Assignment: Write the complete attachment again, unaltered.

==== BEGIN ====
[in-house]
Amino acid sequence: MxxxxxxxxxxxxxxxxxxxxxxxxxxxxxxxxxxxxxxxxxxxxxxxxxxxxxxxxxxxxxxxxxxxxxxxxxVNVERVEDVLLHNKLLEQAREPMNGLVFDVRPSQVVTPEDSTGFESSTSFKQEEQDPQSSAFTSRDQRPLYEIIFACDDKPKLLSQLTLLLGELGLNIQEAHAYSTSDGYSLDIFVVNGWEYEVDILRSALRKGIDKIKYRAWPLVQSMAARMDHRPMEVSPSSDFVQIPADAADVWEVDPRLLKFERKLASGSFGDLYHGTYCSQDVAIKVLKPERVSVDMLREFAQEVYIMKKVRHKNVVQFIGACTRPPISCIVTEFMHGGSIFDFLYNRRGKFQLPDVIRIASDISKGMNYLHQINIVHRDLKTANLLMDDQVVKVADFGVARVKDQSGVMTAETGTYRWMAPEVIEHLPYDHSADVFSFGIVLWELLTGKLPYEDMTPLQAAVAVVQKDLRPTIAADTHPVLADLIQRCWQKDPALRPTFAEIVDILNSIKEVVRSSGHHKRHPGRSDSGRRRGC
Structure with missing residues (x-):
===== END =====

[in-house]
Amino acid sequence: MxxxxxxxxxxxxxxxxxxxxxxxxxxxxxxxxxxxxxxxxxxxxxxxxxxxxxxxxxxxxxxxxxxxxxxxxxVNVERVEDVLLHNKLLEQAREPMNGLVFDVRPSQVVTPEDSTGFESSTSFKQEEQDPQSSAFTSRDQRPLYEIIFACDDKPKLLSQLTLLLGELGLNIQEAHAYSTSDGYSLDIFVVNGWEYEVDILRSALRKGIDKIKYRAWPLVQSMAARMDHRPMEVSPSSDFVQIPADAADVWEVDPRLLKFERKLASGSFGDLYHGTYCSQDVAIKVLKPERVSVDMLREFAQEVYIMKKVRHKNVVQFIGACTRPPISCIVTEFMHGGSIFDFLYNRRGKFQLPDVIRIASDISKGMNYLHQINIVHRDLKTANLLMDDQVVKVADFGVARVKDQSGVMTAETGTYRWMAPEVIEHLPYDHSADVFSFGIVLWELLTGKLPYEDMTPLQAAVAVVQKDLRPTIAADTHPVLADLIQRCWQKDPALRPTFAEIVDILNSIKEVVRSSGHHKRHPGRSDSGRRRGC
Structure with missing residues (x-):